WITH the ongoing controversy surrounding vaping, Whakatane vendors have not been heavily impacted by sales losses but say some users are being cautious.
Liam Griffiths, with Coastline Vapes, said he had spoken to many about the issue.
“We’ve had concerns from customers. We’ve been educating people on the topic as best we can,” he said.
Concerns have been raised following 39 deaths in the United States, but this was preceded by another scare.
“People are also concerned about popcorn lung,” Mr Griffiths said.
Popcorn lung is the nickname for bronchiolitis obliterans, a serious and irreversible lung disease that can damage airways, resulting in coughing and shortness of breath. This has been attributed to diacetyl.
But Mr Griffiths said manufacturers were removing that chemical.
“They are in very small amounts, even in the cheaper brands from China. With the modern juices sold in vape stores in New Zealand nowadays, there is absolutely none,” he said.
Mr Griffiths said he was confident of the overall safety of vaping.
“I have no difficulty in explaining to people what is actually going on, what the facts are and the misinformation that’s being spread.”
The Corner Shoppe owner Lux Grulambalam said he had not seen a significant drop in customers as a result of the concerns and that none had complained of health issues
“Most of my customers say it helps them,” he said.
Shosha vape shop manager Akshay Kumar, said as with most suppliers, sales dropped slightly when the news first broke. He said the main misperception was that the chemicals that cause popcorn lung never were allowed in New Zealand in the first place.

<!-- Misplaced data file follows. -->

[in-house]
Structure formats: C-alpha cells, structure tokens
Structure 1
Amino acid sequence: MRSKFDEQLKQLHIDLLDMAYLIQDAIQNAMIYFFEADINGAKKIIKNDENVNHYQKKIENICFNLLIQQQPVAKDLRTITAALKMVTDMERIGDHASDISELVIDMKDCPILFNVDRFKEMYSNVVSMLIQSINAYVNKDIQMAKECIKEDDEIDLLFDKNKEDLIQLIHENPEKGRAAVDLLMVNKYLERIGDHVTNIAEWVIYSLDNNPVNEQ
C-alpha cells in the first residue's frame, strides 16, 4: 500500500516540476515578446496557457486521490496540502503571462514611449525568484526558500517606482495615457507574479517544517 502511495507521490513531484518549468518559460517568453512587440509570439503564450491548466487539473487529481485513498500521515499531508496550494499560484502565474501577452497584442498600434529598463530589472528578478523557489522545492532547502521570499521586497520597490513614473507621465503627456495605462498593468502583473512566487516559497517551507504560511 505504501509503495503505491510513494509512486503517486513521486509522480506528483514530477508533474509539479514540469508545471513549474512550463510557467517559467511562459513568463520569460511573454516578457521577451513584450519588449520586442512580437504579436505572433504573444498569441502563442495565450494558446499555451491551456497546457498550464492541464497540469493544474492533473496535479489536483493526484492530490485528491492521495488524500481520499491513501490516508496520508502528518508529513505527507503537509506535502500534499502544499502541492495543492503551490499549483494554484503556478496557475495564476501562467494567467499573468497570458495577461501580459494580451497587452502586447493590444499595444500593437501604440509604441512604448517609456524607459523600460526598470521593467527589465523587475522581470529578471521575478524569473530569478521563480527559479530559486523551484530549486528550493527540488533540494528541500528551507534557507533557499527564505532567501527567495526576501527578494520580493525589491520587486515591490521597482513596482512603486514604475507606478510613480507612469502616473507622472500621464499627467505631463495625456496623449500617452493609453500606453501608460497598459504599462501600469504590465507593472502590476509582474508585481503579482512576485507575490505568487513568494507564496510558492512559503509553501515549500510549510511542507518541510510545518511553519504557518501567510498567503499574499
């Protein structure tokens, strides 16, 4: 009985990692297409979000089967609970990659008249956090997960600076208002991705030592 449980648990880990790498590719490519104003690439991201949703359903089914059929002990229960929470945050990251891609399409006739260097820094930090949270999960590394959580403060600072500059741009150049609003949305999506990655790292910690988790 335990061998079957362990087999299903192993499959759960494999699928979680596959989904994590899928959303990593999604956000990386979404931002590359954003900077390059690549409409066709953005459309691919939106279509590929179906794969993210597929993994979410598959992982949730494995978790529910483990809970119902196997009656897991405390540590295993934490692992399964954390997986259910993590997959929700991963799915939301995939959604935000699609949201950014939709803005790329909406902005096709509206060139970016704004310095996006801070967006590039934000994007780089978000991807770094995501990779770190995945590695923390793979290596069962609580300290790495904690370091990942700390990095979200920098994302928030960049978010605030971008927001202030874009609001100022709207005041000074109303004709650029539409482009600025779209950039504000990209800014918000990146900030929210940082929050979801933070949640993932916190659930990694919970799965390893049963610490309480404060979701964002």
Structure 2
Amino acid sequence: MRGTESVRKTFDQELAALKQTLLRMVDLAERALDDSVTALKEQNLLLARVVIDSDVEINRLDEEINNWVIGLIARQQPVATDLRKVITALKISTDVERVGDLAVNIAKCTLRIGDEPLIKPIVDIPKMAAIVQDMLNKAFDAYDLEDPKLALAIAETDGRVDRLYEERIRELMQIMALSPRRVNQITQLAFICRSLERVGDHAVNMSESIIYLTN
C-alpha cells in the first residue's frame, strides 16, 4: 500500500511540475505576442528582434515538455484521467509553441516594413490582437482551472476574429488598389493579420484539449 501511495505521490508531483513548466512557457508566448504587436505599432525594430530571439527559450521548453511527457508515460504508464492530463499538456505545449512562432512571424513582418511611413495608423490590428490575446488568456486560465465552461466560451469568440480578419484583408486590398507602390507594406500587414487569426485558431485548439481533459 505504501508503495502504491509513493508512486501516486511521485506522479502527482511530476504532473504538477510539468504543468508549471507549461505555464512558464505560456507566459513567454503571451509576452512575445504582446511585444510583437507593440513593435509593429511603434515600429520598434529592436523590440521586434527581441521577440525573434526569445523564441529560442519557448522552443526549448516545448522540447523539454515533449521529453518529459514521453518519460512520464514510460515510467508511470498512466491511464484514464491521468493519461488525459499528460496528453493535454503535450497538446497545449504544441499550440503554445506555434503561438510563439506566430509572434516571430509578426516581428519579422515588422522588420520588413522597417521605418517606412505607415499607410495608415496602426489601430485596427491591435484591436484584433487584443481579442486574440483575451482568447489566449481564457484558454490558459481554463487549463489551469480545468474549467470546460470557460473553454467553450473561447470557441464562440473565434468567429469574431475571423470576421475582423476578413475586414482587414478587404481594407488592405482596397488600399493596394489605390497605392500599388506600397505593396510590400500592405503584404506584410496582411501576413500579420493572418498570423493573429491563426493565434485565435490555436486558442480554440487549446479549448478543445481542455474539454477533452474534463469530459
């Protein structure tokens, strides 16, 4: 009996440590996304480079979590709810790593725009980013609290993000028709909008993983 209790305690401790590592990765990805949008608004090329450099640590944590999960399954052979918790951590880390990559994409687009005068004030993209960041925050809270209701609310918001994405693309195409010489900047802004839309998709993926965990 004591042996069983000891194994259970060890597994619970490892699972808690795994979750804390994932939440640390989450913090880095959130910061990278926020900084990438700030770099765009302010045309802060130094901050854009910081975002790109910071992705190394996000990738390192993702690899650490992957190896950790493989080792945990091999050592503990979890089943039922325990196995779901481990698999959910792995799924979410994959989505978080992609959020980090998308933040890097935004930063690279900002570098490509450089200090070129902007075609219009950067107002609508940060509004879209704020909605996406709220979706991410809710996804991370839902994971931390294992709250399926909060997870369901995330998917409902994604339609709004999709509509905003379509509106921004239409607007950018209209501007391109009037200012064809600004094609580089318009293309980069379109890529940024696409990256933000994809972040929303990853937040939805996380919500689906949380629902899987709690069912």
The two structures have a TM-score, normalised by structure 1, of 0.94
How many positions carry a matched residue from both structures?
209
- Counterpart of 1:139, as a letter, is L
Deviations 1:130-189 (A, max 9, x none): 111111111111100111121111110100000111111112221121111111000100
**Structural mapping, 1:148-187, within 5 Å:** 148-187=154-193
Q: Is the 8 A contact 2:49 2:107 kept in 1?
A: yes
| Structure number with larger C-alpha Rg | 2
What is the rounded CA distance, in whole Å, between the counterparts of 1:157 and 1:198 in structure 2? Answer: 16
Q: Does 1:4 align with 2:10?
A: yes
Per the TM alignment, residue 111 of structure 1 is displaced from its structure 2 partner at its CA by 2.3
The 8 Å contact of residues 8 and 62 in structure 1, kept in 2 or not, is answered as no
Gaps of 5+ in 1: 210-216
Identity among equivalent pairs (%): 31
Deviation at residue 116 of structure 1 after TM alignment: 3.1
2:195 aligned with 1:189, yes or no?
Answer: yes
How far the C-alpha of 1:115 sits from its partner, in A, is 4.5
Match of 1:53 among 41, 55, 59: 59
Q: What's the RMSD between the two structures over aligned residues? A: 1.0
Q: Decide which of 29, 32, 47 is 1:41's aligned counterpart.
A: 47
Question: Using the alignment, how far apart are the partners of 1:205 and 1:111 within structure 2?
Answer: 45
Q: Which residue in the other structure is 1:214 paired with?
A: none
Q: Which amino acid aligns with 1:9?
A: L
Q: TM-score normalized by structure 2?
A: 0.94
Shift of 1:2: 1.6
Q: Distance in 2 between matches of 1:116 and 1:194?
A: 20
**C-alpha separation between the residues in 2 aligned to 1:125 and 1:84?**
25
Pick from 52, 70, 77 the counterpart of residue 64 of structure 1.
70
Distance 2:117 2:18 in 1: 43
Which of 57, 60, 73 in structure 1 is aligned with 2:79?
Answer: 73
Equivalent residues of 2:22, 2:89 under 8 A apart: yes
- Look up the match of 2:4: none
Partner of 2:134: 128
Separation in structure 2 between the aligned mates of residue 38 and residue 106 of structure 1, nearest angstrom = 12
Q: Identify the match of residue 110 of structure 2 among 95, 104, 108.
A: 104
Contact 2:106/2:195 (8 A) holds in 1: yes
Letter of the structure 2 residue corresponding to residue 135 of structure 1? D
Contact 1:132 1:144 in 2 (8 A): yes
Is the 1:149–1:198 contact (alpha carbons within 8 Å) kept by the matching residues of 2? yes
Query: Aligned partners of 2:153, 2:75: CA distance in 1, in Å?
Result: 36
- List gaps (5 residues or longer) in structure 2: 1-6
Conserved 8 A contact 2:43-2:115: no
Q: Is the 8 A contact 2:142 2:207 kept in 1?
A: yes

The Center for Disease Control and Prevention (CDC) said they were narrowing in on vitamin E acetate as a potential cause of the recent deaths in the United States, with confirmation the chemical was found in all 29 lung tissue samples taken from patients.
University of Auckland professor public of health Chris Bullen told a Science Media Centre forum last month that to his knowledge, no problem had been found in people who vaped brand name e-liquid or pod-based products.
“To my knowledge, no such problem has been documented in anyone in New Zealand to date. Neither the National Poisons Centre nor the Centre for Adverse Reactions Monitoring have reported such cases in New Zealand, at least when I enquired two weeks ago,” he said.
But Dr Kelly Burrowes, of the Auckland Bioengineering Institute at the University of Auckland, said at the same forum that the aerosol inhaled when vaping penetrated deep into the lungs and contained a raft of different chemicals.
“There is a mounting body of evidence to suggest that electronic cigarettes come with considerable risks and can no longer be considered as harmless,” he said.
Professor Julian Crane, director of Wellington Asthma Research Group, said at the forum that if e-cigarettes were used as per the manufacturer’s recommendations, the risk of exposure to vitamin E acetate oil was minimised.
“New Zealand vapers not using illegal or home-made products can be assured that this oil won’t be present in nicotine e-cigarettes,” he said.